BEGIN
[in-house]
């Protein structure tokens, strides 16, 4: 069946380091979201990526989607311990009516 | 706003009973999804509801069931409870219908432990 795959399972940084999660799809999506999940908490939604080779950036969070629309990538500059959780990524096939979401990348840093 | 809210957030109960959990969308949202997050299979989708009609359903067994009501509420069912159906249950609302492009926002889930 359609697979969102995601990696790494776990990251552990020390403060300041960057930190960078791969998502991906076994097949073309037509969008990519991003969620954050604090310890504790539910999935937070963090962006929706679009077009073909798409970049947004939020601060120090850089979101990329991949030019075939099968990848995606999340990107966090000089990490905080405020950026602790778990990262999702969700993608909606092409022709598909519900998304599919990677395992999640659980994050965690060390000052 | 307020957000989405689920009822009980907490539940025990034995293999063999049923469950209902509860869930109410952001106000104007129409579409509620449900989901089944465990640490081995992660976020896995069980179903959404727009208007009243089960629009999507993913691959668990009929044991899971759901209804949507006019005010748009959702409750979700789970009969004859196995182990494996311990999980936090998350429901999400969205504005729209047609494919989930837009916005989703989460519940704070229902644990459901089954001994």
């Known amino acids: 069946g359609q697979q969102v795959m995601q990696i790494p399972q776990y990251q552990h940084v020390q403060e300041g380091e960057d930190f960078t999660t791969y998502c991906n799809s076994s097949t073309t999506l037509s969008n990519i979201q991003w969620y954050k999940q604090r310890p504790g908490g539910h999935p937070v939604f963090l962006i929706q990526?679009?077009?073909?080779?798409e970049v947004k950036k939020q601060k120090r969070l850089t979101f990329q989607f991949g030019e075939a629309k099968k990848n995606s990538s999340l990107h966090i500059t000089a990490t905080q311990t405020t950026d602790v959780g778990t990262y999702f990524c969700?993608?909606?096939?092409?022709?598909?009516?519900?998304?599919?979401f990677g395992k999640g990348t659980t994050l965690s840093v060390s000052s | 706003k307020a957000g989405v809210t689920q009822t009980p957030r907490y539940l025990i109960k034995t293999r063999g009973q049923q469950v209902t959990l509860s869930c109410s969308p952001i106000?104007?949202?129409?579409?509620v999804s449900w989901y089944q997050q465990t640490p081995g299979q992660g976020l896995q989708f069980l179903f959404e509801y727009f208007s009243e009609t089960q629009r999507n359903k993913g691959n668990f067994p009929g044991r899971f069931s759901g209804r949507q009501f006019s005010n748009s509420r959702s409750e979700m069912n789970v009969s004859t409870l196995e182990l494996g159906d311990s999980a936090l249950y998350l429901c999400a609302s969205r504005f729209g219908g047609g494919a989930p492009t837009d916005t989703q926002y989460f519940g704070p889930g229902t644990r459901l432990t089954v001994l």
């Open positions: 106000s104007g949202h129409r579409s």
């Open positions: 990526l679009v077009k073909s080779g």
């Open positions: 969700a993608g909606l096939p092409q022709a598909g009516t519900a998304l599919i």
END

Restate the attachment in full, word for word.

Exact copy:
[in-house]
């Protein structure tokens, strides 16, 4: 069946380091979201990526989607311990009516 | 706003009973999804509801069931409870219908432990 795959399972940084999660799809999506999940908490939604080779950036969070629309990538500059959780990524096939979401990348840093 | 809210957030109960959990969308949202997050299979989708009609359903067994009501509420069912159906249950609302492009926002889930 359609697979969102995601990696790494776990990251552990020390403060300041960057930190960078791969998502991906076994097949073309037509969008990519991003969620954050604090310890504790539910999935937070963090962006929706679009077009073909798409970049947004939020601060120090850089979101990329991949030019075939099968990848995606999340990107966090000089990490905080405020950026602790778990990262999702969700993608909606092409022709598909519900998304599919990677395992999640659980994050965690060390000052 | 307020957000989405689920009822009980907490539940025990034995293999063999049923469950209902509860869930109410952001106000104007129409579409509620449900989901089944465990640490081995992660976020896995069980179903959404727009208007009243089960629009999507993913691959668990009929044991899971759901209804949507006019005010748009959702409750979700789970009969004859196995182990494996311990999980936090998350429901999400969205504005729209047609494919989930837009916005989703989460519940704070229902644990459901089954001994």
């Known amino acids: 069946g359609q697979q969102v795959m995601q990696i790494p399972q776990y990251q552990h940084v020390q403060e300041g380091e960057d930190f960078t999660t791969y998502c991906n799809s076994s097949t073309t999506l037509s969008n990519i979201q991003w969620y954050k999940q604090r310890p504790g908490g539910h999935p937070v939604f963090l962006i929706q990526?679009?077009?073909?080779?798409e970049v947004k950036k939020q601060k120090r969070l850089t979101f990329q989607f991949g030019e075939a629309k099968k990848n995606s990538s999340l990107h966090i500059t000089a990490t905080q311990t405020t950026d602790v959780g778990t990262y999702f990524c969700?993608?909606?096939?092409?022709?598909?009516?519900?998304?599919?979401f990677g395992k999640g990348t659980t994050l965690s840093v060390s000052s | 706003k307020a957000g989405v809210t689920q009822t009980p957030r907490y539940l025990i109960k034995t293999r063999g009973q049923q469950v209902t959990l509860s869930c109410s969308p952001i106000?104007?949202?129409?579409?509620v999804s449900w989901y089944q997050q465990t640490p081995g299979q992660g976020l896995q989708f069980l179903f959404e509801y727009f208007s009243e009609t089960q629009r999507n359903k993913g691959n668990f067994p009929g044991r899971f069931s759901g209804r949507q009501f006019s005010n748009s509420r959702s409750e979700m069912n789970v009969s004859t409870l196995e182990l494996g159906d311990s999980a936090l249950y998350l429901c999400a609302s969205r504005f729209g219908g047609g494919a989930p492009t837009d916005t989703q926002y989460f519940g704070p889930g229902t644990r459901l432990t089954v001994l």
């Open positions: 106000s104007g949202h129409r579409s």
């Open positions: 990526l679009v077009k073909s080779g």
């Open positions: 969700a993608g909606l096939p092409q022709a598909g009516t519900a998304l599919i």